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Indian and Jack Daniels’ latest collab is a 24-Karat gold decorated Bobber!



Motorcycles and Whiskey? Sure.

Nothing says America like Jack Daniels and an Indian Motorcycle. At least, that’s what the latest limited edition bike from America’s first motorcycle company and the famous, first registered distillery would want you to believe.

In a nod to the ‘Old No. 7 Brand’ only 177 will be made globally and there are nods to the drinks manufacturer all over the Werks Kustom Cycles built machine released today.

The main feature – despite the Indian Scout Bobber base of course – is the black paint and the Jack Daniel’s firefighter inspired gold graphics. And when we say gold we actually mean it because Indian say that the tank and fender highlights are actually real 24-karat gold. (Leaf we suspect but still…)

The rest of the details on the ‘custom’ are probably what you would expect, with black glossy bits mixed with more gold and special additions peppered throughout.

And in case you think mixing a motorcycle with alcohol is a bad idea? There’s a ‘Bottles and Throttles don’t mix’ emblem on the front fender.

The price for all this gold and black is $15.999 if you’re within the US with European prices to be announced (assuming that your country allows alcohol advertising).

In 2016 the first collaboration between these two brands sold out in eight hours. And in 2017 that time to sell out dropped to less than ten minutes… So you’d best contact your local dealer quick if this seems like your kind of thing!

JD Scout Bobber Launch

Introducing the Jack Daniel's Tennessee Whiskey Limited Edition Indian Scout Bobber, inspired by the Jack Daniel’s Fire Brigade and their impressive gold and black firetrucks. Just 177 of these are being made. #IndianMotorcycle #JackDanielsScoutBobber #ScoutBobber Bottles and throttles don't mix. Never drink and ride.

Posted by Indian Motorcycle on Wednesday, 7 March 2018

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Custom of the Week: Yamaha SR500 ‘Scrambler’ by Daniel Peter




SCRAMBLERS ARE A HOT TOPIC. Build one, and you’re sure to be judged solely by how well equipped it is for hardcore off-piste use.

But that’s not all that scramblers are about. Daniel Peter compares his latest build to his childhood BMX—and it’s pretty much how we feel about modern-day scramblers too.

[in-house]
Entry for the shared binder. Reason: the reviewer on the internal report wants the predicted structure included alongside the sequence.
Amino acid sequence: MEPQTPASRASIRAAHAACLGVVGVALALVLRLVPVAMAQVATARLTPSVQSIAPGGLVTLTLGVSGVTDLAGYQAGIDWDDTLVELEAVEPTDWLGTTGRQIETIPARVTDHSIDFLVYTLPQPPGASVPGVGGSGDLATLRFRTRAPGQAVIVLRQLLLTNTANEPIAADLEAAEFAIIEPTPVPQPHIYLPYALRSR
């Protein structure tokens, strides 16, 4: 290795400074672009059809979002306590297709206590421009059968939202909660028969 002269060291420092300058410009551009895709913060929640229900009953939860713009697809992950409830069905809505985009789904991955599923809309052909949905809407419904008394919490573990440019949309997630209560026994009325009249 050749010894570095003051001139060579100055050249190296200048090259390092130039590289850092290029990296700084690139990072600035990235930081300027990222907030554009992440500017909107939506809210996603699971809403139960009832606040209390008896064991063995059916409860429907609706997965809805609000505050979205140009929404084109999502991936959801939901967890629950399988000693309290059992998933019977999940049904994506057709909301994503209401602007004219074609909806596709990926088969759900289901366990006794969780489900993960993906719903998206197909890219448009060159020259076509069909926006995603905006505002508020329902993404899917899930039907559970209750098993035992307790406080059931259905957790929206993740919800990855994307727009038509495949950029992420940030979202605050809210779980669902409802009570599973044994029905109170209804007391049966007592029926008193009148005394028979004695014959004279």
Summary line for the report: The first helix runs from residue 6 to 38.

“When I was four years old, my BMX bike became my life,” he explains. “It was so simple, yet so fun. Just wheels, pedals and brakes. I’d ride it to the beach, jump a few curbs along the way, race my friends. Those were the good days.”

“30 years later, I set out to build a motorcycle based on the same principles. There’s nothing on this bike that doesn’t need to be there. It has wheels, a punchy engine and great brakes. I didn’t even put a speedo on it, because I never looked at the one on my last bike.”

Daniel works as a photographer in Chicago, but wrenches during the winter to keep his passion for riding alive. He keeps a workshop in Chicago’s Logan Square neighborhood, outfitted with a tool cabinet, a welder, and a 1940s South Bend lathe.

This 1978-model Yamaha SR500 is the fourth Yamaha 500 he’s built to date. “It’s the most simple, yet the most thorough, of the bunch,” he says.

The motor’s been bumped to 540 cc, with a grocery list of go-fast bits that includes a lighter XT500 crank, a new piston from JE and a Megacycle cam for better torque down low.

R&D valve springs with titanium caps, a Powerdynamo ignition and a high-flow oil pump from Kedo round out the package.

Hoos Racing refreshed the crank and cut new valve seats for Daniel, but he tackled the rest of the rebuild himself. Every single bearing and seal was replaced along the way too. As for the carb, it’s been swapped out for a 39 mm Keihin FCR flatslide number, fed by a fat K&N filter.

The exhaust system is a combination of a custom made stainless steel header, and a Cone Engineering muffler.

The SR rolls on 17” supermoto wheels, borrowed from a KTM (front) and a Honda CRF450 (rear). They’re wrapped in Pirelli MT60 Corsa tread; a 120 up front, and a chunky 160 on the 5” rear rim. (“It juuust fits,” says Daniel.)

The brakes have been upgraded with a mix of Brembo and Beringer parts, with an RCS 14 radial master cylinder up front.

On top is an aluminum Yamaha XT500 fuel tank, wrapped in a paint scheme “inspired by an unforgettable riding trip through Baja.” Just behind it is a new saddle from MotoLanna, with a new kicked-up subframe loop.

It’s just about spring in Chicago, so Daniel must be itching to rack up the miles on his SR500. And we’re betting it’s going to be impossible to get him off it.

A version of this article first appeared on Bike Exif. It’s republished here with permission.

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Icon claim back the streets in their latest, epic video



Street’s Not Dead.

Regular readers will know that we eagerly await anything released from the US streetwear firm Icon Motorsports. So the moment that a video drops from the Portland firm we’re bound to pay attention.

That’s an interest piqued double when they post it alongside what is essentially a call to arms…

“Street’s not dead. If you think it went away, you’d be wrong. Street’s still here undermining pompous authority, rejecting standards, and bucking the status quo..”

And they’re not kidding either. With the Icon clad rider thrashing their Kawasaki ZX-10R through city streets, car parks and even a public fountain at one point, there’s a lot to take in.

Couple that with their usual loud, Icon style and you’ve certainly got a statement of intent.

(Don’t try this at home kids).



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